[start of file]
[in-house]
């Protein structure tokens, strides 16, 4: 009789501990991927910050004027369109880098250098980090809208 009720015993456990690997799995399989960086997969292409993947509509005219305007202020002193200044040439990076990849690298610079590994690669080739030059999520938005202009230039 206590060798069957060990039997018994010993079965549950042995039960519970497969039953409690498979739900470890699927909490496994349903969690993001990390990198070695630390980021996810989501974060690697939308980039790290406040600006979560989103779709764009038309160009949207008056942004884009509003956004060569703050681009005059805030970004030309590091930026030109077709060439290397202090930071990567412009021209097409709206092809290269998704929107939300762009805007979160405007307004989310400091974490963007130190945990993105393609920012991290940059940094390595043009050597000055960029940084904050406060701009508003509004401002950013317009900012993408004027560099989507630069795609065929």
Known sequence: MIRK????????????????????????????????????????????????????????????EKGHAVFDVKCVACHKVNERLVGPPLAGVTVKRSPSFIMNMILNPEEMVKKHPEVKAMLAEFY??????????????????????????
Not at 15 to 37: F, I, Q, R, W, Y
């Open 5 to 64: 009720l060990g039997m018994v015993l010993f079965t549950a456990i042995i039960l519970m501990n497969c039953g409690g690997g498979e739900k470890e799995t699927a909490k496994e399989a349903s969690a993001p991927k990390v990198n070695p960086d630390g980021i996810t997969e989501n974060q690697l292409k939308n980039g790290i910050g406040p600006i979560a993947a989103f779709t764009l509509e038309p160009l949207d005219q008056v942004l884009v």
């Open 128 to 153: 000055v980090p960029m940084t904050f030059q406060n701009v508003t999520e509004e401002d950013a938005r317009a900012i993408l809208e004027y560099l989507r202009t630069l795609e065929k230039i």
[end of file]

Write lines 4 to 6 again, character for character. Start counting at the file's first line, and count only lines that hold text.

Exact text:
Not at 15 to 37: F, I, Q, R, W, Y
């Open 5 to 64: 009720l060990g039997m018994v015993l010993f079965t549950a456990i042995i039960l519970m501990n497969c039953g409690g690997g498979e739900k470890e799995t699927a909490k496994e399989a349903s969690a993001p991927k990390v990198n070695p960086d630390g980021i996810t997969e989501n974060q690697l292409k939308n980039g790290i910050g406040p600006i979560a993947a989103f779709t764009l509509e038309p160009l949207d005219q008056v942004l884009v």
């Open 128 to 153: 000055v980090p960029m940084t904050f030059q406060n701009v508003t999520e509004e401002d950013a938005r317009a900012i993408l809208e004027y560099l989507r202009t630069l795609e065929k230039i």